Learning to Mine those Everyday Moments

I’m between poems this morning, which always makes me feel a little lost and anxious, like a puppy waiting for his owner to return home, so I start flipping through an old notebook where I used to gather inspirational quotes.

 

Every morning I jump out of bed and step on a landmine, writes Ray Bradbury.  The landmine is me. After the explosion, I spend the rest of the day putting the pieces together.

 

But reading this only adds to my disquiet, makes me wonder if I’m spending more and more time between poems these days because my life has grown too tame. 

 

After all, when I jumped out of bed this morning I didn’t step on a landmine, I stepped on a small plastic princess and had to flail silently about so as not to wake my wife and daughters.

 

And I begin to worry that the domestic life has domesticated my imagination.

 

I start flipping through my notebook to find some inspiring quotes about changing diapers or doing dishes or cutting the crust off peanut butter and jelly sandwiches.

 

Creativity is piercing the mundane to find the marvelous, writes Bill Moyers.

 

That could work, I think. I have my thumb on the pulse of the mundane. But I can’t hear the word marvelous without thinking of Billy Chrystal’s Fernando Lamas impersonations.

 

And so I keep flipping until I find this one by Robert Bly: When a contemporary man looks down into his psyche, he may, if conditions are right, find under the water of his soul, lying in an area no one has visited for a long time, an ancient hairy man.

 

 

That’s it, I think, I need to delve deep into my psyche, reconnect with my inner brute, unleash my untamed –

 

Papa, my four-year-old says from behind me, can you make us pancakes with M&Ms in them?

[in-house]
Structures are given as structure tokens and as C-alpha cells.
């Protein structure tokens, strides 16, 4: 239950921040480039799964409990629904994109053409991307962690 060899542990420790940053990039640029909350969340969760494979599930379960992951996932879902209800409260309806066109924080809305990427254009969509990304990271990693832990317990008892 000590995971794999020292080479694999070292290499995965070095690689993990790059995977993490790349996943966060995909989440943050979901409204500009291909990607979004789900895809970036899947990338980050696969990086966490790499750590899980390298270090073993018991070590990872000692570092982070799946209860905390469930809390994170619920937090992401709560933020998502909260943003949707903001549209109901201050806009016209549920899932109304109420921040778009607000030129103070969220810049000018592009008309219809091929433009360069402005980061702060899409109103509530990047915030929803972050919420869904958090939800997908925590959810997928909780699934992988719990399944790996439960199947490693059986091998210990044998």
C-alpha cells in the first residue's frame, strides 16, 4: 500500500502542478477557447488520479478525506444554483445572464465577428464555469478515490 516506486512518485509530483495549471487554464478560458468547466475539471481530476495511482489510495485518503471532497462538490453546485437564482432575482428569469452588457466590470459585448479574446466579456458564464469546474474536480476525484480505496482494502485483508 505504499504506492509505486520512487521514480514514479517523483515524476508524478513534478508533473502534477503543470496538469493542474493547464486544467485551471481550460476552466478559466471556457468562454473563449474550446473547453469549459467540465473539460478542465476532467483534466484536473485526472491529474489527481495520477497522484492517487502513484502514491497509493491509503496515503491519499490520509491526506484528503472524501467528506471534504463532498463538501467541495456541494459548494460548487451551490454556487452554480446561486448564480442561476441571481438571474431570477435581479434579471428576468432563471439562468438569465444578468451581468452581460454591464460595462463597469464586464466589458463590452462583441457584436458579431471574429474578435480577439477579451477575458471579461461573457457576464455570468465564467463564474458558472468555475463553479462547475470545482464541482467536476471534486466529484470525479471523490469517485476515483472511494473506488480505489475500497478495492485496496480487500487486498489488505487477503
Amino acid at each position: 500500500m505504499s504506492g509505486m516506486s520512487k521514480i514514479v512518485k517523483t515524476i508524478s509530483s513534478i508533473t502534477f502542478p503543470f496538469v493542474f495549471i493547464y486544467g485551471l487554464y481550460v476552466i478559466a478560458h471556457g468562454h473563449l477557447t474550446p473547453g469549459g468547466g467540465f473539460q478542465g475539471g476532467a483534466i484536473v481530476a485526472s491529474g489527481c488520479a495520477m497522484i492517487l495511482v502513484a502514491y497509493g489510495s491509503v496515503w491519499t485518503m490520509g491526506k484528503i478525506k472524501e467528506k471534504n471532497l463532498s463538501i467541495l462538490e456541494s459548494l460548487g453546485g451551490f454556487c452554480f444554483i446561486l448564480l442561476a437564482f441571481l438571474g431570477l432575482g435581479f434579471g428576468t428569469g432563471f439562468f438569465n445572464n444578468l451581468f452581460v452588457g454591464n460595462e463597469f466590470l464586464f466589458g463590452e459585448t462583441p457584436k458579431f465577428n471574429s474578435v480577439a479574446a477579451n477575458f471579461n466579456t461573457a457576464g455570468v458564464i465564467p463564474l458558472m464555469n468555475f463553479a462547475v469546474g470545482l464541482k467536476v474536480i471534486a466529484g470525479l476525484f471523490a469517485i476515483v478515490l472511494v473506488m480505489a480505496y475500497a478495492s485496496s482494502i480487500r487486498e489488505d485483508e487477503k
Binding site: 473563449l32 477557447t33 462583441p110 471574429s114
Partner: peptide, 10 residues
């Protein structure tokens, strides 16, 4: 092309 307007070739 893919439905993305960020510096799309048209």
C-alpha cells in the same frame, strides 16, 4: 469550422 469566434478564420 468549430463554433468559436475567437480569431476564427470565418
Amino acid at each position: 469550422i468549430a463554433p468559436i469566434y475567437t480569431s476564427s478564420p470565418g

I look up and see her reflection in the window and realize that my window to write is now over.

 

I take her hand and we walk downstairs, where my two-year-old is drawing all over the kitchen tiles. I heat up a pan, throw in a pat of butter, and begin searching through the cabinets for leftover Halloween candy.

 

And I start to worry that I’ll never write another poem.

 

Writing is utter solitude, writes Kafka, the descent into the cold abyss of oneself.

 

But I can’t even pee these days without my two-year-old banging on the door, demanding to see me make bubbles.

 

The butter starts to turn from sizzle to burn, and I can’t help but see this as yet another metaphor for my life that I don’t have time to explore.

 

But if we are alert to language, James Tate writes, almost everything begs to be a poem.

 

My two-year-old walks over to my four-year-old and rips the Frozen microphone out of her hands.

 

Mine, she yells.  Mine!

 

And suddenly things start to explode.

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About the Author

Ben Berman’s first book, Strange Borderlands, won the 2014 Peace Corps Award for Best Book of Poetry and was a finalist for the Massachusetts Book Awards. His second collection, Figuring in the Figure, was recently selected as a Must-Read by the Mass Center for the Book. And his new book, Then Again, came out last November. He has received awards from the New England Poetry Club and fellowships from the Massachusetts Cultural Council and Somerville Arts Council. He teaches at Brookline High School and lives in the Boston area with his wife and two daughters. www.ben-berman.com

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provoking thought

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Poetry

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